What I think I know
George W. Bush once said that he felt that God wanted him to run for president, so is it any wonder that religion, faith, and spirituality is infused in American pop culture in the decade in which Bush was the sitting president for eight years? In the media we see celebrities creating new religions, joining a religious fad, and not believing in anything, and in all facets of our lives we see ourselves immersing in what our favorite celebrity believes in.
Despite the many unique characteristics individuals and communities have, it is the institution of religion that places iron grip on individuality hence keeping conformity. Religious communities expect their members to assume a certain shape, to fit a particular mold; restriction essentially diminishes individuality while accepting conformity. In the twenty-first century, a time period that encourages creativity and individuality; it is the very institution of religion that ultimately shuns individualism by promoting conformity through religious group membership, as well as the oppression of “different” views and the ostracism of the individuals who have different beliefs. Today in America, much of our lives are defined by popular culture. Traditions and patterns handed down from generations have been influenced by popular culture in society more today than of yesteryear. Trends are changing in regard to convenience, communication, and personal gain. When I think of social trends, I am reminded of the new technology that exists today. Technology has change the way we communicate forcing us to stay abreast on the latest version and gadgets to remain functioning actively. Computers and cellular telephones, once accessories, but are necessities today. The Internet is a tool that has changed the way we live when shopping, paying bills, even doing research. Gone are the days of land lines and pay phones. Those gadgets are replaced by cellular phones with text messaging capabilities that allow instant messages to be received faster than voice messaging. Electronic mail, also known as e-mail, whether used personally or in the workplace, has replaced postal bulk mail in some instances. Social networking websites of Twitter, Facebook, YouTube, and eHarmony are very popular today. Users of these sites can share a personal profile, make new friends, date online, and post video and daily messages. Also, Fortune 500 companies use the internet to advertise anything because people in this world do not want to be left in the past. My Discoveries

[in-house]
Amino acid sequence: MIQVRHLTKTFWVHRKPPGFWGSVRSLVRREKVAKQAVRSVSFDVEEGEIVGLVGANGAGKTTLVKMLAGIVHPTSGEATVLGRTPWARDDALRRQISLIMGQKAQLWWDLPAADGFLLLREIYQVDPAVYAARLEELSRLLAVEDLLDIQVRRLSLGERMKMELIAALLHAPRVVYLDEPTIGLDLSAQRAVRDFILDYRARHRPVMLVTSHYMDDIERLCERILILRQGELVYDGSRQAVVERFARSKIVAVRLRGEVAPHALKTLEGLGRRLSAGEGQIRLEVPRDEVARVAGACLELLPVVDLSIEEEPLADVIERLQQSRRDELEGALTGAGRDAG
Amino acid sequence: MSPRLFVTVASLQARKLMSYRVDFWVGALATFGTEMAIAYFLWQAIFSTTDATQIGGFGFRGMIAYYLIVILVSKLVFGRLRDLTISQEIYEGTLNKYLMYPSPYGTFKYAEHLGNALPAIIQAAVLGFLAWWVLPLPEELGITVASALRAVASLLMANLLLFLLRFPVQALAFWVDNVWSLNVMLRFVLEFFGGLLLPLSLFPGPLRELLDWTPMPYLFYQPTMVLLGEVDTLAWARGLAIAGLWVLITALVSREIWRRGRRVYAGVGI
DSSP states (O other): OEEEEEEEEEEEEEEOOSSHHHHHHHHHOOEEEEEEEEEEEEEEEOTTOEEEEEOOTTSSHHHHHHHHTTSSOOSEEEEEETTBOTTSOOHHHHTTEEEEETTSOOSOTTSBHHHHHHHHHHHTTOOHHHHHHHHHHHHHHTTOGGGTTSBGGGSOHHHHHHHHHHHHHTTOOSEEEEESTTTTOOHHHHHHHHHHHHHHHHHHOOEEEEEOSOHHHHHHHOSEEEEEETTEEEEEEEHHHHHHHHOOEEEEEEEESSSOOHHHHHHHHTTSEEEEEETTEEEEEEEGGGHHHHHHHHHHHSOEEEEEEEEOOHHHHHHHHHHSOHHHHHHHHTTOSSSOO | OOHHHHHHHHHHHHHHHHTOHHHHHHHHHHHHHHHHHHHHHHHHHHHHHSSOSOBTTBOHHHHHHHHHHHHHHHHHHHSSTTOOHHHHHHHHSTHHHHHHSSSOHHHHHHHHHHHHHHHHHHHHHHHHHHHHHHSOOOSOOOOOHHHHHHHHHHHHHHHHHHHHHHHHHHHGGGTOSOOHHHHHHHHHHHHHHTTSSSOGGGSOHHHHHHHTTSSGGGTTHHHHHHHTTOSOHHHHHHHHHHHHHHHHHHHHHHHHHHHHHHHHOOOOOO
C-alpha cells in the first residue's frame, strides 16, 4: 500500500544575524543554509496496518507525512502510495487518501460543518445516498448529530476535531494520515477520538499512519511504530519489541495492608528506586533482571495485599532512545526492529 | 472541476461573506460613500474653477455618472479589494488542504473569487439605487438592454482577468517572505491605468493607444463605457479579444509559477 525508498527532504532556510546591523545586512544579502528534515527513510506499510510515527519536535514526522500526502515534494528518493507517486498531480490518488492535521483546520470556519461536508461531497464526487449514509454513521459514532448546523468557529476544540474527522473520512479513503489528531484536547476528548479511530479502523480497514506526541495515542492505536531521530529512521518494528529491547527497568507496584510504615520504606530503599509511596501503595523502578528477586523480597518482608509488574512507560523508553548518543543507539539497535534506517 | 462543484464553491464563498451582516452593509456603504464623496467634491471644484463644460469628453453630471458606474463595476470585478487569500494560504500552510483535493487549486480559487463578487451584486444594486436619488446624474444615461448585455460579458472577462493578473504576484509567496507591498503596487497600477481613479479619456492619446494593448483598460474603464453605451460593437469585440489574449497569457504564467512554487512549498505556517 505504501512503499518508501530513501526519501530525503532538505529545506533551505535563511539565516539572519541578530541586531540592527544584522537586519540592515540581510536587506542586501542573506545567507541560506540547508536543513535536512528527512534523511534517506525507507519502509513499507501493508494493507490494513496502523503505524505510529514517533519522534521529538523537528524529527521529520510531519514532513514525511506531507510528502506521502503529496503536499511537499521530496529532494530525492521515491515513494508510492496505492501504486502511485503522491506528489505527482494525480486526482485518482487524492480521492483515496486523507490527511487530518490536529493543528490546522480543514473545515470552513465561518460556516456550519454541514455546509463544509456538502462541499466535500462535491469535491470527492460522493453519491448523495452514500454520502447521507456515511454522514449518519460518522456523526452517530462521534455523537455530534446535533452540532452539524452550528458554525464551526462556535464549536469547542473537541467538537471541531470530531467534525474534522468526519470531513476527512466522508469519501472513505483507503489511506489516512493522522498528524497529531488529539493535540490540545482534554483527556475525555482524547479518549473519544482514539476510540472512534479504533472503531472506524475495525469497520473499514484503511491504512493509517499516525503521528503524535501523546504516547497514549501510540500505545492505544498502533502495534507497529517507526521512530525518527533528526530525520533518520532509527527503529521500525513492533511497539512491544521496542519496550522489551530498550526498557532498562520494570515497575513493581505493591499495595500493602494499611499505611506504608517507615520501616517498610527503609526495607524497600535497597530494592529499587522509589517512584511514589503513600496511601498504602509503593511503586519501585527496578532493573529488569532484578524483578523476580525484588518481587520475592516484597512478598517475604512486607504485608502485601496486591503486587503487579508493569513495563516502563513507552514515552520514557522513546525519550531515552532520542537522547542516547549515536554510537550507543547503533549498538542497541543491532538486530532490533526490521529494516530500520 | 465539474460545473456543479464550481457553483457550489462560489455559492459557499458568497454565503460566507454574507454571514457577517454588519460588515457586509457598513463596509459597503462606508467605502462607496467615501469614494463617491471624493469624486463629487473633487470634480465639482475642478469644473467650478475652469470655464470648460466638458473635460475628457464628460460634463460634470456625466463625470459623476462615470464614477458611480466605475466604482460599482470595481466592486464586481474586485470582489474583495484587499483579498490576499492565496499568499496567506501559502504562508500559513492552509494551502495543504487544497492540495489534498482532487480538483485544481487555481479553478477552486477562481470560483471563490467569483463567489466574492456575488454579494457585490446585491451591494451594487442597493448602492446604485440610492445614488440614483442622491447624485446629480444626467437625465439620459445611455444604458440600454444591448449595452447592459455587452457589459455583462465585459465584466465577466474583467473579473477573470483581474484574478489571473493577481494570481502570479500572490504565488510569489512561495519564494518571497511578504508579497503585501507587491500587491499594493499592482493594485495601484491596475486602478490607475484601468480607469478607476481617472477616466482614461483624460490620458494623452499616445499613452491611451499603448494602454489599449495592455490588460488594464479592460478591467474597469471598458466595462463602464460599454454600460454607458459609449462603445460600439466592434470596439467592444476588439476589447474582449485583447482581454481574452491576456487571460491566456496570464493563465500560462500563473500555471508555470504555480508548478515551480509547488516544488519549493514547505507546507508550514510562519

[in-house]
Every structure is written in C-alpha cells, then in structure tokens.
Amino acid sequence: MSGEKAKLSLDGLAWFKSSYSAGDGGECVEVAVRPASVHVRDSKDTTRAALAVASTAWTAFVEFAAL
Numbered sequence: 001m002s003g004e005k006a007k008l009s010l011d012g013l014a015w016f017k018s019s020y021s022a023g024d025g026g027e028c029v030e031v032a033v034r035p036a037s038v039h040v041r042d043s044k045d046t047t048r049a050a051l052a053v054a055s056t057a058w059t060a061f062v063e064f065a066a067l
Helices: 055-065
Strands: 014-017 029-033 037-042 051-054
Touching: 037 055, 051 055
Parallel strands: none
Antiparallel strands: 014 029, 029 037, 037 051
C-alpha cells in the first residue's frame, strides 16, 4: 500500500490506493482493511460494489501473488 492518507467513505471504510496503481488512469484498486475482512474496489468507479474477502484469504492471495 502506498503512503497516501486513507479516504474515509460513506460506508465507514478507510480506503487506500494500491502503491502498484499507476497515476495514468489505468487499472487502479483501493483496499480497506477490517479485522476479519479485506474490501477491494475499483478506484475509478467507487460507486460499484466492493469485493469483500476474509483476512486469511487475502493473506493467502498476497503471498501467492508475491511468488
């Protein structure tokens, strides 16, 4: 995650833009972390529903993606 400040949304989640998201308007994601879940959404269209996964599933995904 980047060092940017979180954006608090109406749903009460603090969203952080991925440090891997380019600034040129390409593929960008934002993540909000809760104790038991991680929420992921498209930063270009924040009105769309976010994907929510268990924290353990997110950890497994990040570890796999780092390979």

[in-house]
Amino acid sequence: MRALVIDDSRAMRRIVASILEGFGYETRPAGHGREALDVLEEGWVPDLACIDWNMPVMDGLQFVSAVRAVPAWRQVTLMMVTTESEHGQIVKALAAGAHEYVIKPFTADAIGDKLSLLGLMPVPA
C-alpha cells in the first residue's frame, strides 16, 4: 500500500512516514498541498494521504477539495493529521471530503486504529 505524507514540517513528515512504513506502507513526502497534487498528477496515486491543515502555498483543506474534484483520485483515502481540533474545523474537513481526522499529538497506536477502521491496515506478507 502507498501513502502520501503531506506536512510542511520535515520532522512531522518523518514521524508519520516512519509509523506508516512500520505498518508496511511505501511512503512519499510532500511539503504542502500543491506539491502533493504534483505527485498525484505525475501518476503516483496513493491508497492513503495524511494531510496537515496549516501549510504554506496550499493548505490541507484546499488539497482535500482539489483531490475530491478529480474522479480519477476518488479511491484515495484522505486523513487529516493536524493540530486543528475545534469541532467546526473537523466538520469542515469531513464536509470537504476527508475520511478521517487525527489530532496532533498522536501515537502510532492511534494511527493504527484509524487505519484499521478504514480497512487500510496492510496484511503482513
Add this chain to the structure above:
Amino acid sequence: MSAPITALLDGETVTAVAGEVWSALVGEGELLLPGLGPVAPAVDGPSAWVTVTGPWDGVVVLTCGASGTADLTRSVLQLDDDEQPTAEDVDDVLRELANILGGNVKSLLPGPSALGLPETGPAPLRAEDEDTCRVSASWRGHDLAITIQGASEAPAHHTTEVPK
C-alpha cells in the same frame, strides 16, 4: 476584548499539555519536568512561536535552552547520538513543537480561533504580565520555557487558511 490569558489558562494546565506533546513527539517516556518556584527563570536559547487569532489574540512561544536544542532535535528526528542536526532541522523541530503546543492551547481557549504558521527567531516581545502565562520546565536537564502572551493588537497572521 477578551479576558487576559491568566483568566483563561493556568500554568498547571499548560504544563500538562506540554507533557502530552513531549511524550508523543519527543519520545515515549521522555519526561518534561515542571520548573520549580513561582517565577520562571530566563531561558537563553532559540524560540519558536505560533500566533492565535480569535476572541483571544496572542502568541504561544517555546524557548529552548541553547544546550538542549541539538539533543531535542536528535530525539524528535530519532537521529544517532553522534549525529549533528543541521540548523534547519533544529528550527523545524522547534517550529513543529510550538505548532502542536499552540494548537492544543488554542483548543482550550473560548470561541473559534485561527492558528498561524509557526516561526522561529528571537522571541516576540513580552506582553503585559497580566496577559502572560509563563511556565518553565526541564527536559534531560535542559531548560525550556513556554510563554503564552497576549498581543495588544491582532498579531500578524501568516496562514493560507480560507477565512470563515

A prime example of a celebrity using their fame to convey a controversial issue such as religion is our generation’s pop icon Lady Gaga. “Don't you ever let a soul in the world tell you that you can't be exactly who you are,” no matter where she goes or what she does she never fails to tell her little monsters to follow their dream. She is different, she is unique, and she makes every one of her fans feel as if she was one of them. Lady Gaga grew up in and raised in Yonkers, New York, she develops a passion for music, learning to play the piano by ear at four and composing her own ballads by thirteen. She went to school in an all girl catholic private school at the Convent of the Sacred Heart. At the age of 17 she was able to attend New York University's Tisch School of the Arts before dropping out to focus on her musical career. "I thought I could teach myself about art better than the school could," she tells Elle. Working as a waitress and designing her own stage outfits by day, Gaga begins to make a name for herself by dancing in Lower East Side burlesque clubs and singing in dive bars. But with success comes an overwhelming sense of hardships "I left my entire family, got the cheapest apartment I could find, and ate shit until somebody would listen," she stated. Her fight to the top of the record charts soon made her a house hold name for people everywhere; and with...